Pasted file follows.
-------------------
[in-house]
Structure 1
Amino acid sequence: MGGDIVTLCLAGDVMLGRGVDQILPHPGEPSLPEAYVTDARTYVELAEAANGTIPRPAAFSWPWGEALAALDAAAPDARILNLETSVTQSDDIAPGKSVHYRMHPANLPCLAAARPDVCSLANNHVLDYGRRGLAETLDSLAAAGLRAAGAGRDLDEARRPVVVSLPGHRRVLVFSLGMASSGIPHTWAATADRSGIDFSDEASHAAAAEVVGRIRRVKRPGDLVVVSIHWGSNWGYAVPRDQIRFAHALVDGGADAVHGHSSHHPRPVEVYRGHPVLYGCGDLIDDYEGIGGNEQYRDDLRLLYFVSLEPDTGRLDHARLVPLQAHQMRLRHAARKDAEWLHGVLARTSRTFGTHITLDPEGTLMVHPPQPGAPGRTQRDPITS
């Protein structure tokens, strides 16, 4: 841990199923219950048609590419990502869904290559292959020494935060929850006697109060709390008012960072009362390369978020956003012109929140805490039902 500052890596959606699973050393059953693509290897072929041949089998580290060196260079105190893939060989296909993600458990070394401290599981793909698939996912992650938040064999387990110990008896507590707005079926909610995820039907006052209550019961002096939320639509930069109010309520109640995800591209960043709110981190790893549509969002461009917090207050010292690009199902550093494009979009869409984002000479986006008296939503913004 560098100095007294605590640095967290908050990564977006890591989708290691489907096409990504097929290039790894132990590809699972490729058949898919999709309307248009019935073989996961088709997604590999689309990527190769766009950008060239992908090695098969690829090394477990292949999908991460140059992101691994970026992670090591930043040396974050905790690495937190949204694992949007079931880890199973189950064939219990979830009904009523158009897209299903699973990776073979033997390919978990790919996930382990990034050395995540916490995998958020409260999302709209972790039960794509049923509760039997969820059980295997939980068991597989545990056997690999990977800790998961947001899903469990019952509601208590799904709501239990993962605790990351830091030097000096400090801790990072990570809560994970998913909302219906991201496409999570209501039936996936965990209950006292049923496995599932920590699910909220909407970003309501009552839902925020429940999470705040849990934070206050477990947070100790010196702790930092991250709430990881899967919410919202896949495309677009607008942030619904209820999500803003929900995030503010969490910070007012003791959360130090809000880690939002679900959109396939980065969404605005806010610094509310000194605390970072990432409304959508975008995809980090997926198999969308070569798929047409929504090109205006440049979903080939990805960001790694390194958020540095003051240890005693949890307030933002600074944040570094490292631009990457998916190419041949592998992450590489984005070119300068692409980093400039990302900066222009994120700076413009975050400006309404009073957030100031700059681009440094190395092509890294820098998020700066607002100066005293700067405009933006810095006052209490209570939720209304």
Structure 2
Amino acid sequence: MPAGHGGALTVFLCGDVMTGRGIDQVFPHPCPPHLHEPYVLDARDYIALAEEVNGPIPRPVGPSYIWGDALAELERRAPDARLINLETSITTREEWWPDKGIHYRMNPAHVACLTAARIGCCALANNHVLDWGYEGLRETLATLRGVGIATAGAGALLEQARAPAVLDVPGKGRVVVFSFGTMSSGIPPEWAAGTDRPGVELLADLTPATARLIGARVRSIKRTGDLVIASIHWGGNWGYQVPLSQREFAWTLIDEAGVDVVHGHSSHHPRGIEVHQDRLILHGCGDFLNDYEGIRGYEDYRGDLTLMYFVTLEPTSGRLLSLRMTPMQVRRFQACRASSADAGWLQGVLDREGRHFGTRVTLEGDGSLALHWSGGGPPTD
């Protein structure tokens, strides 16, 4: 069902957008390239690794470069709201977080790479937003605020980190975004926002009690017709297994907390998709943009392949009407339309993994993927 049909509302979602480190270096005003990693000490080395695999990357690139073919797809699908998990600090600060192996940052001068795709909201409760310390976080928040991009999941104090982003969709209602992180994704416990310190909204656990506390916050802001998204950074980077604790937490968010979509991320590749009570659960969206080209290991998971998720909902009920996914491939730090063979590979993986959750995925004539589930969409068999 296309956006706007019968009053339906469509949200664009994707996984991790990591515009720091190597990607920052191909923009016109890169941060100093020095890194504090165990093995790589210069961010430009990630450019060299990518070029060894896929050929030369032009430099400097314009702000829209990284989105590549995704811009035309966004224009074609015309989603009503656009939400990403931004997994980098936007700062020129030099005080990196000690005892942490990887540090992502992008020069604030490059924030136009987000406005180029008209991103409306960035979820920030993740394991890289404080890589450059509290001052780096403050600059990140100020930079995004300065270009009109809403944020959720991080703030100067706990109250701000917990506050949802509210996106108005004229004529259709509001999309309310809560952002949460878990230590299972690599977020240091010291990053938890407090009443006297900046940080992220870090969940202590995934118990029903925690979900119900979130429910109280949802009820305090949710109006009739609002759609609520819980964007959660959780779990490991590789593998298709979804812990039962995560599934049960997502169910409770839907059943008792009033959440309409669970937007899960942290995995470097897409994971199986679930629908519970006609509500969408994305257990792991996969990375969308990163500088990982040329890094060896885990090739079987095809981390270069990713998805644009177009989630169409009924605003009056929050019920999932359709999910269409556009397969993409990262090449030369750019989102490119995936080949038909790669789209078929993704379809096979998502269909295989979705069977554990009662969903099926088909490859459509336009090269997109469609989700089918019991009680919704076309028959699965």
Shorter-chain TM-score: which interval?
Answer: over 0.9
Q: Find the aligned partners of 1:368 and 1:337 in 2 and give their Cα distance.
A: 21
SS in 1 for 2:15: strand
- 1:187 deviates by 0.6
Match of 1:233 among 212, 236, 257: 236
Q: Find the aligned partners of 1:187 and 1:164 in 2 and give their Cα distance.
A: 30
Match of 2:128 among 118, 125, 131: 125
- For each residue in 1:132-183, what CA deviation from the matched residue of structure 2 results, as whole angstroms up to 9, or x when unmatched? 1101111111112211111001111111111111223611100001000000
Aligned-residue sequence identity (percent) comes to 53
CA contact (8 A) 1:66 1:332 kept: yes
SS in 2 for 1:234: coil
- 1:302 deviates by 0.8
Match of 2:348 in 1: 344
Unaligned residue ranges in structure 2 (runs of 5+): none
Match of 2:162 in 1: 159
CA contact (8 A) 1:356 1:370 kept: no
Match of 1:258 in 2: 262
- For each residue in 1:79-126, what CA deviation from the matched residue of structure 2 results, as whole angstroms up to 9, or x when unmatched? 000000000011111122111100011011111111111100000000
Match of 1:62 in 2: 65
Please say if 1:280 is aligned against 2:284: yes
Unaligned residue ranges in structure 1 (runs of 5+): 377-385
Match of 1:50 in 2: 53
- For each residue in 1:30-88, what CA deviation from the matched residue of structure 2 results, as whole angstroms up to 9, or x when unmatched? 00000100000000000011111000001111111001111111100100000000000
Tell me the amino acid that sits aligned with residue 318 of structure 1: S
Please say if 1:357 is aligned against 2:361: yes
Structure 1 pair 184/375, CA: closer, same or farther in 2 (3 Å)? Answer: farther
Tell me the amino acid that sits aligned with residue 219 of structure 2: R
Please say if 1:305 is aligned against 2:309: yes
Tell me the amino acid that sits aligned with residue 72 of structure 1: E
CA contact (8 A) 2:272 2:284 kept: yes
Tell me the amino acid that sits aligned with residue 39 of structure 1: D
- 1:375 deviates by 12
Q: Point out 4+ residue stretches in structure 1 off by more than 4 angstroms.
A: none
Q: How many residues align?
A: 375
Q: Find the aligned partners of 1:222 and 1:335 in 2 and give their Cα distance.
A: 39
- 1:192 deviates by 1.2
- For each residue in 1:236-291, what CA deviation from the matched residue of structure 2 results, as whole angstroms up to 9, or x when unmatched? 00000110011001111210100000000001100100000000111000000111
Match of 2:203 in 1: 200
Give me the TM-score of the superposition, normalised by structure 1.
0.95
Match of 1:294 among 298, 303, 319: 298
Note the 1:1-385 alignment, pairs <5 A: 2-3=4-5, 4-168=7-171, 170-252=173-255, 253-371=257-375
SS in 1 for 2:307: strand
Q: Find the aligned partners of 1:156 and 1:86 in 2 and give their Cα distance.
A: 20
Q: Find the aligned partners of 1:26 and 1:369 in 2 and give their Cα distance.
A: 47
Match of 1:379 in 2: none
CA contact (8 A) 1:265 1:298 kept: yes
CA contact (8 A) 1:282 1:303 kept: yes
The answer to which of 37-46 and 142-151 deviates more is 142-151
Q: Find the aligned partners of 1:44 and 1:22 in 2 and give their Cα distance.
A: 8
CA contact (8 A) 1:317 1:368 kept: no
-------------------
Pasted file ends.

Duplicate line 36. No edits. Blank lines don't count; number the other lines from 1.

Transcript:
Structure 1 pair 184/375, CA: closer, same or farther in 2 (3 Å)? Answer: farther